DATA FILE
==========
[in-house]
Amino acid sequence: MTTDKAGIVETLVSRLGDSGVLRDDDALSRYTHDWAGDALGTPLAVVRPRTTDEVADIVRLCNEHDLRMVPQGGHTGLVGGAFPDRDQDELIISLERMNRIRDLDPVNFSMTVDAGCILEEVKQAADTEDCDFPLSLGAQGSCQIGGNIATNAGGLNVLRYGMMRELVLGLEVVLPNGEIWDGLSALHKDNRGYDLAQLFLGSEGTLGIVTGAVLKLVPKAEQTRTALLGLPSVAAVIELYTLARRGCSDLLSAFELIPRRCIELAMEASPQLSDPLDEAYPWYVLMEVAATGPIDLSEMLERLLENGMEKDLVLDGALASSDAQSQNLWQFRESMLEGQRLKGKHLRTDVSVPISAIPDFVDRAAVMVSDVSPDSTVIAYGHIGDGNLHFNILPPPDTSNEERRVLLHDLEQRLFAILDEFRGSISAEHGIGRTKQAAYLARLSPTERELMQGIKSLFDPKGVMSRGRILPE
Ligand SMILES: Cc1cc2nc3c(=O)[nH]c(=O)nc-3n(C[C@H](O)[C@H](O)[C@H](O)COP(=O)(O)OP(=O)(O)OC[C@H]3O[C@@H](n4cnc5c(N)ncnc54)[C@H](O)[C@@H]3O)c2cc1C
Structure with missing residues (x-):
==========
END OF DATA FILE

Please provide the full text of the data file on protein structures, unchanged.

[in-house]
Amino acid sequence: MTTDKAGIVETLVSRLGDSGVLRDDDALSRYTHDWAGDALGTPLAVVRPRTTDEVADIVRLCNEHDLRMVPQGGHTGLVGGAFPDRDQDELIISLERMNRIRDLDPVNFSMTVDAGCILEEVKQAADTEDCDFPLSLGAQGSCQIGGNIATNAGGLNVLRYGMMRELVLGLEVVLPNGEIWDGLSALHKDNRGYDLAQLFLGSEGTLGIVTGAVLKLVPKAEQTRTALLGLPSVAAVIELYTLARRGCSDLLSAFELIPRRCIELAMEASPQLSDPLDEAYPWYVLMEVAATGPIDLSEMLERLLENGMEKDLVLDGALASSDAQSQNLWQFRESMLEGQRLKGKHLRTDVSVPISAIPDFVDRAAVMVSDVSPDSTVIAYGHIGDGNLHFNILPPPDTSNEERRVLLHDLEQRLFAILDEFRGSISAEHGIGRTKQAAYLARLSPTERELMQGIKSLFDPKGVMSRGRILPE
Ligand SMILES: Cc1cc2nc3c(=O)[nH]c(=O)nc-3n(C[C@H](O)[C@H](O)[C@H](O)COP(=O)(O)OP(=O)(O)OC[C@H]3O[C@@H](n4cnc5c(N)ncnc54)[C@H](O)[C@@H]3O)c2cc1C
Structure with missing residues (x-):